(Full Moon)


Servando Carballar


No. of Players:
2 - 7

G@mebox Star



As a matter of fact, I had seen at least half a dozen games all focused on the theme of Werwolves at the SPIEL 09 convention, and so the new game Full Moon by GEN X GAMES at first slipped my attention. However, during one of my trips to the news show I discovered the game standing on a table near the end of the hall, and upon examining the playing materials a bit closer the actual setting of the game awakened my curiosity. Thus, the "Survival Guide" named rulebook of Full Moon introduces the players to the story of a group of youths who has acquired a map of an ancient forest. Looking for adventure and some days in the unknown wilds, the youths have decided to go on a hiking trip, but the whole adventure has turned into a nightmare. Thus, one day the youths wake up, and they find two of their group members have been kidnapped in the night. Their tent has been wrecked, and as if one mishap wasn't enough the kidnappers also had taken the map with them.

The scene is set, and all but one player find themselves in control of one or more hikers who have just awoken to this nightmare in the middle of the forest. The only thing they can see from their current position at the central camp hex are six elevated landmark hexes at a distance of two hexes around their campsite, whereas the rest of the forest and even the true nature of all elevations only will be revealed in the course of the game. Each character sheet lists four attributes of a character - Life, Strength, Dexterity and Calm. As might be guessed, a character is killed if he looses all lifepoints, and Strength will be used in combat. Calm is reduced when a character enters frightening places, and if a player looses all calm he gets scared and is apt to fall into panic, resulting in the character fleeing to a randomly detrmined adjacent space and reducing his maximum limit for determination points to three. One determination point is received by each character at the beginning of each turn, and under normal circumstances, up to 10 determination points may be stored by a character so that the points can be used for all kinds of beneficial actions like the restoring of lifepoints, the drawing of additional action cards or the cancelling of a negative combat or werewolf pack card.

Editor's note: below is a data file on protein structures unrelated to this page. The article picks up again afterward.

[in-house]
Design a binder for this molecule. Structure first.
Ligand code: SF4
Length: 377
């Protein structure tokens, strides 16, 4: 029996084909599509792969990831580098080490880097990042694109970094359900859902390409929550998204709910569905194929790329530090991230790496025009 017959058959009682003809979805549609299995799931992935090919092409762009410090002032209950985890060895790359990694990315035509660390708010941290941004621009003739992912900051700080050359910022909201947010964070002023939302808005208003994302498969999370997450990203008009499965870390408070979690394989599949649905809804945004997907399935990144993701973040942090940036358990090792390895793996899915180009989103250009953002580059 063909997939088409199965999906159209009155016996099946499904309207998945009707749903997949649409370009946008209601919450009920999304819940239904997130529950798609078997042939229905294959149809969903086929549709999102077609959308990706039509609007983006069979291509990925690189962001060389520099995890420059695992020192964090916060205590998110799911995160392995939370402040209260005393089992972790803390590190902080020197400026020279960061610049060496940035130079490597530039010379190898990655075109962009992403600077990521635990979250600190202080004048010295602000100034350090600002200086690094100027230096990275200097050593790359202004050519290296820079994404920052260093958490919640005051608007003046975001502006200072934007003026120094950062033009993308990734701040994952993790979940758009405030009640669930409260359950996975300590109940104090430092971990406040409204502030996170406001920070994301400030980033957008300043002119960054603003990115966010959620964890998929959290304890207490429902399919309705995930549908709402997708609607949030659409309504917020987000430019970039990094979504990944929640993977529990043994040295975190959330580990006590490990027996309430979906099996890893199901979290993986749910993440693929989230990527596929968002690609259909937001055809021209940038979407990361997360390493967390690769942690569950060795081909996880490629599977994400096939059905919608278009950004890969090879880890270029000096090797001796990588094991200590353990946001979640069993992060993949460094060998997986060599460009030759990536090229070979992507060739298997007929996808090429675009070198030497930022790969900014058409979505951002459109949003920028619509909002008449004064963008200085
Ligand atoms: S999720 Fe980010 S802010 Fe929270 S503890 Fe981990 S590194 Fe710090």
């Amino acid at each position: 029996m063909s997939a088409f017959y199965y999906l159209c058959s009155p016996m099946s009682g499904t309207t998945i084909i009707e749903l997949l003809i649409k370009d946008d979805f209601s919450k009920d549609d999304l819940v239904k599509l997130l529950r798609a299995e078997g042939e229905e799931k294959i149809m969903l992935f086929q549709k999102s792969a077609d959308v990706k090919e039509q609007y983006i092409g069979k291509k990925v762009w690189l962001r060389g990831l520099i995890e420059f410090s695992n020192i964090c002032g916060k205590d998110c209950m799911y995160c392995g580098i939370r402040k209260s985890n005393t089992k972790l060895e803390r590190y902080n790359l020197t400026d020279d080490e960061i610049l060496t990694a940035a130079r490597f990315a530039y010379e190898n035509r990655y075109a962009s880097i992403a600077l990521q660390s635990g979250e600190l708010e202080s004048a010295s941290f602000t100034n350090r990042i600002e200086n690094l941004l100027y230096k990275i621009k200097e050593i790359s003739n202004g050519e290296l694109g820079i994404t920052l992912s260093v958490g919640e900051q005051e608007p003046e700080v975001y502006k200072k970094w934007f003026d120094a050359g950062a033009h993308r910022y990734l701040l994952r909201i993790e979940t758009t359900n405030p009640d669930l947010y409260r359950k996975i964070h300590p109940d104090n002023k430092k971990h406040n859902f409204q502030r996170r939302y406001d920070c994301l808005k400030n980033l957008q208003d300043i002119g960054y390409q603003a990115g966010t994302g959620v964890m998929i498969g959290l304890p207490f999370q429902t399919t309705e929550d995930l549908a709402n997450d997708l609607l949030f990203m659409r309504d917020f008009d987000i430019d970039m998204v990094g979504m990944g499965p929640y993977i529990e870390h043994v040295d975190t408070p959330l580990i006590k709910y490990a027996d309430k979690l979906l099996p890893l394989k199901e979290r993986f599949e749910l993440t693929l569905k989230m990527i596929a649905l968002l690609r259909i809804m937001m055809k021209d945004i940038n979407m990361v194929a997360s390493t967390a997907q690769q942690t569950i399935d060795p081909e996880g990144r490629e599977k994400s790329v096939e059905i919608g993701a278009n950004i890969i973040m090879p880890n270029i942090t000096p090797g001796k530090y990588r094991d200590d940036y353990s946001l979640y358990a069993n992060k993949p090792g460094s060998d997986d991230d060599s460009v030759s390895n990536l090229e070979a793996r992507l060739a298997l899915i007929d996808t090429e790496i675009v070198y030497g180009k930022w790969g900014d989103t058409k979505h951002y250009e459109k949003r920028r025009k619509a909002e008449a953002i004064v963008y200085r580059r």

Opposite the players in control of the hikers stand the werewolf player, and it will be his task to turn one of the humans into a werewolf and to prevent all other humans from leaving the forest. The turning into a werewolf can by accomplished through an infection by biting a hiker after a successful combat. Thus, at the beginning of the game a number of infection markers corresponding to the number of hikers is shuffled, and whereas one of the markers actually shows the infection with lycanthrope all other markers show that the infection was not successful. All markers are mixed and remain facedown, and two of the markers were assigned to the two kidnapped hikers at the beginning of the game to symbolize that they have been bitten during the kidnapping. All other infection markers are placed at hand, and when the werewolf player succeeds in winning the first combat against a character that character is not just wounded but also receives one of the remaining infection markers.

Each full turn of the game represents one hour of playing time, and when nightfall comes all infection markers will be revealed apart those of the hostages. If all free hikers do not have the infection, the werewolf player knows that one of his two hostages is infected (provided he has bitten every character at least once in order to assign him/her an infection token). The werewolf then can close in on the hikers, trying to kill them all before they can leave the forest. However, if one of the free hikers has the infection, he will turn into a werewolf and must be handed over to the werewolf player who now has one more werwolf when he starts to hunt the other characters down.